WRITING TO HONOR GOD
“Only God is perfect; the rest of us need editing.” – Betty Moss
After two sessions of reviewing and critiquing at Southern Christian Writers and listening to comments made in response to information provided, I believe most have chosen this group because you are sincerely faithful to your religious beliefs and are inspired to share with others through the written word, certainly great goals. Those I have read show creative imagination, motivation and zeal to improve writing skills, but all are religious genre. I encourage every writer to expand your writing experience with a variety of exercises concentrating on sentence construction, grammar, spelling, punctuation and organization. Choose a subject, such as, “Why trees are green?” If you don’t know, look it up, and write two or three paragraphs sharing your knowledge in as few words as possible or describe King David in three paragraphs. My point is to emphasize construction more than, or at least as much as, the content. Writing exercises on different subjects will help you focus on sentence structure. Before the writer can produce a manuscript, he/she must develop good writing skills. Season writers in this group are eager to help you one on one with critique, and many English composition rule books are available. Take the time to review basic rules and refer to them for guidance.
I don’t pretend to be an expert, and I have had my share of “pouting” over critique, disappointment, rejection and rewrite to see manuscripts published. And I don’t have a single document that is perfect in publication. After years of exposure, I can read any of my manuscripts and find errors, either an original one missed by editors, or misprints left undetected by the publishers. For instance, in a long-ago published book of poetry, I recently discovered a line that read “Here every word.” Imagine my shock when I realized I made the error, the editor failed to correct, and the publisher printed the word. It should have been caught. Every writer should know errors will occur, and they will appear on the printed page. “Only God is perfect; the rest of us need editing.”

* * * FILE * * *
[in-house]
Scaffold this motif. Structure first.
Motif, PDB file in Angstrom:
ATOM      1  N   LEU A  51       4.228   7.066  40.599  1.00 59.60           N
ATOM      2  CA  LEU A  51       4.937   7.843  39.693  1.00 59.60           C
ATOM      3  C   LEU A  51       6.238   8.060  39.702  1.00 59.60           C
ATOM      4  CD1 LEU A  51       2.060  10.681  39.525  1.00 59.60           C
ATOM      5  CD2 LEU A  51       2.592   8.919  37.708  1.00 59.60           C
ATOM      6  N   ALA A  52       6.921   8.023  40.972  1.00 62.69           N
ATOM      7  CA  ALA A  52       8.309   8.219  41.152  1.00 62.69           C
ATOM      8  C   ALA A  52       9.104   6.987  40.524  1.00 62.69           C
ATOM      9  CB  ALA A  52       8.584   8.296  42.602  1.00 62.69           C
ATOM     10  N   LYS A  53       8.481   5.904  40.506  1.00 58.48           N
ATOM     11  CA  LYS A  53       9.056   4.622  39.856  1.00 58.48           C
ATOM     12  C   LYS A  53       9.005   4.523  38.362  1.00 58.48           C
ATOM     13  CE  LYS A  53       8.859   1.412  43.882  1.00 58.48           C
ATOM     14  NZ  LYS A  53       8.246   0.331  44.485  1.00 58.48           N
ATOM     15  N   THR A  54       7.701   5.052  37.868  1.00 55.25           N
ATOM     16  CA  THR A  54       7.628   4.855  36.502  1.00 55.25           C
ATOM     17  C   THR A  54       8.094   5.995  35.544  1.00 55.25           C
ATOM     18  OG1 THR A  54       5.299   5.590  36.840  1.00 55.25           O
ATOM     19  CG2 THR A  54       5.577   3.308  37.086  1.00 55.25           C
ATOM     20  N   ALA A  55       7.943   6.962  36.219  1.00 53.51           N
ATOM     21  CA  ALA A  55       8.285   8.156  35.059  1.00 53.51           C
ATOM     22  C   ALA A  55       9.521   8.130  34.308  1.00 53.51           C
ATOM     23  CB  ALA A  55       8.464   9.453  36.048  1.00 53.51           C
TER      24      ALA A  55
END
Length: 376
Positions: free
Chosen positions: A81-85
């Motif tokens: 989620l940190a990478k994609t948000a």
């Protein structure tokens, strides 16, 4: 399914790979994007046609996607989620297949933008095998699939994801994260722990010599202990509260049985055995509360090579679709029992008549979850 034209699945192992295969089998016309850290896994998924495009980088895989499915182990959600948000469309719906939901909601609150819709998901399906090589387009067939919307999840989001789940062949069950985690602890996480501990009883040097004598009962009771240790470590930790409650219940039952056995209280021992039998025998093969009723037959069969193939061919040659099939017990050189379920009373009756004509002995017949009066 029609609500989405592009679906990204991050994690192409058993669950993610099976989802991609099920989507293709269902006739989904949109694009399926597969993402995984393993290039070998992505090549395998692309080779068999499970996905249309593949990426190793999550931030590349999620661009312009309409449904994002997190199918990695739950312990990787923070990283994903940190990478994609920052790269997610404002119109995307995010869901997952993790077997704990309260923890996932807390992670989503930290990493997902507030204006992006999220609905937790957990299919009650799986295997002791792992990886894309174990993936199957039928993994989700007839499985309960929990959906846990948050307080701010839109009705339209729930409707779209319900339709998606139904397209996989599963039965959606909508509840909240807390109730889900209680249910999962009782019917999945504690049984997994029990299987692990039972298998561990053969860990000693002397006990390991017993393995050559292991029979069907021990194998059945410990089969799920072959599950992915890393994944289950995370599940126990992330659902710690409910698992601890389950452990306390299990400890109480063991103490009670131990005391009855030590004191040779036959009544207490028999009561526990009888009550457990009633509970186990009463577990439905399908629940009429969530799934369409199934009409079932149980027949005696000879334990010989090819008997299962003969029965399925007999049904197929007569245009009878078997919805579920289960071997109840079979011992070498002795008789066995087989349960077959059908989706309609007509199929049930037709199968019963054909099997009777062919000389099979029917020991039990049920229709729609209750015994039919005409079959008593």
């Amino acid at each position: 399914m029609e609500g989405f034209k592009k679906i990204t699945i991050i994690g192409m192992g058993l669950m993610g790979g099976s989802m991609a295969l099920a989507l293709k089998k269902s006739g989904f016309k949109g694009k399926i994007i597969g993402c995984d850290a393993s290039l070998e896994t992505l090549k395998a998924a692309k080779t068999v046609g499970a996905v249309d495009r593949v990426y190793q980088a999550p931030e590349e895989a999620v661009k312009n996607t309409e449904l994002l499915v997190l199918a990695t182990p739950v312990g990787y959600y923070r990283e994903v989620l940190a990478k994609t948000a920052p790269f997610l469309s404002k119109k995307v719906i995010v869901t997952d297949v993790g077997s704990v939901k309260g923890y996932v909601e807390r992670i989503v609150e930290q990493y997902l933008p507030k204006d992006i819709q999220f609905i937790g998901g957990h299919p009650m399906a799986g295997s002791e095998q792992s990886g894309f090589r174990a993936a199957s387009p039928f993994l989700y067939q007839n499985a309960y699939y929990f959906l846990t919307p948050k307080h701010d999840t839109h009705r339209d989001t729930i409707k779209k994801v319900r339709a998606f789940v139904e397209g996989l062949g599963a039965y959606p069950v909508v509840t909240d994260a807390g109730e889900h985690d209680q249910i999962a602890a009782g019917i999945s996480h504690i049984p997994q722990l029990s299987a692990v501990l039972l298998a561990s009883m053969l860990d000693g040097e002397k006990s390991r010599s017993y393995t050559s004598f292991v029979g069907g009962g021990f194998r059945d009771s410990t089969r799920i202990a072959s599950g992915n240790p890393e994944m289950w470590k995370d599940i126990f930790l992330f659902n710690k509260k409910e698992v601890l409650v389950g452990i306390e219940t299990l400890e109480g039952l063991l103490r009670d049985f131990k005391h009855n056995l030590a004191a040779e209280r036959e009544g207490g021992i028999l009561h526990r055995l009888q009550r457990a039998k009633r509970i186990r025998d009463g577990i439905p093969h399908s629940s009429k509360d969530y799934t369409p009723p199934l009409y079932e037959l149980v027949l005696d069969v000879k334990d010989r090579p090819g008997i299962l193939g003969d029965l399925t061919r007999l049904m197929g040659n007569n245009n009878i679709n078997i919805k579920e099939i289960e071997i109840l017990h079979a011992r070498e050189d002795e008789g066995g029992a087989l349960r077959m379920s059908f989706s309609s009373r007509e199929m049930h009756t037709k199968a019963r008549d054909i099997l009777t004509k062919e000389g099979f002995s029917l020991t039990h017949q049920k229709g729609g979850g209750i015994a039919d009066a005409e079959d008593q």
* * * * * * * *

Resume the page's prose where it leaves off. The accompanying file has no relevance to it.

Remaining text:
However, my profound observation is that those of us who critique provide little guidance when we correct grammar, spelling, punctuation, and point out the need for rewriting a sentence or two without directing the writer to what he needs–an English Composition refresher course, or at least, one-on-one critique. The motivated writer who wishes to succeed must read other author’s work, observe styles, study a good grammar refresher course (many are available online), learn to use a thesaurus, and keep a dictionary at hand. Write something every day with that pen and note pad you should always have with you–in your pocket, purse and on the bedside at night.
Successful writers are avid readers. Enrich your vocabulary by playing a word game. If you see or hear a word you don’t understand, look it up; you’ll know it next time. Pick a subject–any subject; write two paragraphs about that subject. Did you answer these questions; who, what, when, where, why, and how? Did you paint a picture in the fewest words possible with sentences that flow like music? If not rewrite. Repeat this exercise often.
Don’t let the red marks on your critiqued work represent failure or discouragement? See them as a milestone to success guiding you to share your voice and knowledge. When you find your voice, don’t let anyone edit that away from you. Recognize that you will never be perfect, leave your ego at the door, and be grateful knowing you learn something new every day.